MONTBELL U.L. TEC DOWN PANTS
TEST SERIES BY MARK THOMPSON
February 21, 2012
CLICK HERE TO SKIP TO THE FIELD REPORT
CLICK HERE TO SKIP TO THE LONG-TERM REPORT
markthompson 242 at gmail dot com
Parker, Colorado, USA
6' 0" (2.10 m)
190 lb (86.20 kg)
Outdoor adventures started for me at an early age, my passions have grown to include backpacking, rock climbing, hiking, hunting, fishing, canoeing, cycling, skiing and snowshoeing. Most of my adventures presently take place in Colorado's amazing Rocky Mountains. For trail hikes, my pack typically weighs 15 lbs/7 kg (summer/fall), 25 lbs/11 kg (winter/spring) and trail speed ranges from 2.5 - 4 mph (4 - 6 km/h) depending on elevation gain. For backpack trips, my pack weighs 40 - 45 lbs (18 - 20 kg) and my trail speed drops to 1.5 - 3.0 mph (2 - 5 km/h).
PRODUCT INFORMATION & SPECIFICATIONS
Year of Manufacture: 2011
Manufacturer's Website: http://www.montbell.us
MSRP: US $180.00
Listed Weight: 13.3 oz (377 g) (size med)
Measured Weight: 13.3 oz (377 g)
Other details (from their web site):
- High quality 800 fill power hypoallergenic goose down
- 15-denier Ballistic Airlight nylon shell & lining
- 50-denier nylon taffeta for reinforcements
- 100-wash rated Polkatex®® DWR treatment
- Color: CHBK (Charcoal Black)
- Fill Weight: 2.4 oz (68 g)
- Compressed: 4.9" x 8.6" (12.5 cm x 21.8 cm) (stuff sack included)
Photo courtesy of MontBell.
The pants arrived sealed in a plastic bag and packaged in a plain cardboard box. There were no instructions or corporate literature in the package but the tags sewn on to the garment provide care instructions and contact information for MontBell in Boulder, CO.
The pants look exactly like the picture on the manufacturer's web site. They are a full-feature pant with a checkered sewing pattern, two protective layers, full length leg zippers, elastic waistband with drawstring, a zippered fly and snap, and two zippered front pockets.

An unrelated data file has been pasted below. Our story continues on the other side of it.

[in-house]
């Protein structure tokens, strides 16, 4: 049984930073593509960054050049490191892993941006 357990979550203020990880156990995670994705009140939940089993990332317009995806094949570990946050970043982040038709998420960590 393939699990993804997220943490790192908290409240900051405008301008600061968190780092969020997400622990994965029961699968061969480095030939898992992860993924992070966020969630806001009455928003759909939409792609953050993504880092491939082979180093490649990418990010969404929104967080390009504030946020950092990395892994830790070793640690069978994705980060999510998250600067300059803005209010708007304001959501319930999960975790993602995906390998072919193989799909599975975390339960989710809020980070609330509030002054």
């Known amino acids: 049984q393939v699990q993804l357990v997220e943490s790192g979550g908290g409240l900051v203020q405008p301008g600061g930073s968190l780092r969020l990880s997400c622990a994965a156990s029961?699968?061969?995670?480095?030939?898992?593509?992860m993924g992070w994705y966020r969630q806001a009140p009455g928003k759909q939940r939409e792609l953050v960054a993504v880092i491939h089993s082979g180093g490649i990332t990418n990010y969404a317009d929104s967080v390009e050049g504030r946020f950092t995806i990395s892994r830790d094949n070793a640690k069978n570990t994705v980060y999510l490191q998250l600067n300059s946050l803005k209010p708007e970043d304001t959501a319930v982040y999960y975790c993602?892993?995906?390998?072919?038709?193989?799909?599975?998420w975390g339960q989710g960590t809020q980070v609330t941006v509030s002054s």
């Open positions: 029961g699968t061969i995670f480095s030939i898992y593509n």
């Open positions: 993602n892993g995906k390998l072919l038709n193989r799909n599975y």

The first protective layer (on the front) starts at mid-thigh and goes downwards, covering the front of the pant leg. The second protective layer covers the seat. Both of these appear to be sewn over the top of the base garment and appear to add a level of abrasion resistance to protect the insulating material.
Full length leg zippers:
The zippers start at the leg cuff and go all the way up through the waist band. This will enable me to take the pants on and off without having to worry about getting the pants around my boots or crampons. The zipper is covered with a snap and the cuff and is backed by a flap on the inside to keep the cold out.
Elastic Waist Band:
The waist band is elastic in the back and has elastic draw strings in the front. With leg zippers that go all the way through the waist band, this is nice way to keep things snug.
The front zipper is covered at the top with a snap and insulated behind (certainly don't want drafts here).
The front pockets are zippered (down when open) with nice zipper pull strings. The pockets are located such that contents are inside the pants, thus protected by the insulation. The zippers are adjacent and parallel to the leg zippers.
TRYING IT OUT
Other than trying the pants on in my living room, my first event was near Allenspark, CO. My plans had changed over the weekend and rather than go from Boulder to Leadville, we stopped at a family cabin for the night. Upon arrival, the temperature was a warm 38 deg F (3 deg C) which was fairly close to the low for the night. With my desire to test the pants, I opted for an afghan in lieu of a sleeping bag and I was not disappointed. I was surprisingly warm throughout the night.
My climbing card (similar to a dance card, but since I don't dance...) continues to keep full. Next weekend I will be taking a course on setting anchors for rock climbing. This will be a full day in the field with lots of standing around on exposed rock formations. The following weekend I am back to climbing mountains with Mt Huron and the "Apostles" on tap, then it's back to rock climbing with Hill Billy Heaven in my sights. I expect my winter to continue on this type of active pace and plan to include these pants throughout these adventures.
The pants look fantastic! With winter rapidly approaching, I expect that I will be able to give these pants a real workout! I have already made a home for them in my winter pack.
- Full of features
- should be warm
- All of the features add some weight
A sincere thank you to MontBell for their generosity and to the folks at BackpackGearTest.org for facilitating this test. This concludes my initial report. Please check back in mid-December for my field report.
FIELD LOCATIONS AND CONDITIONS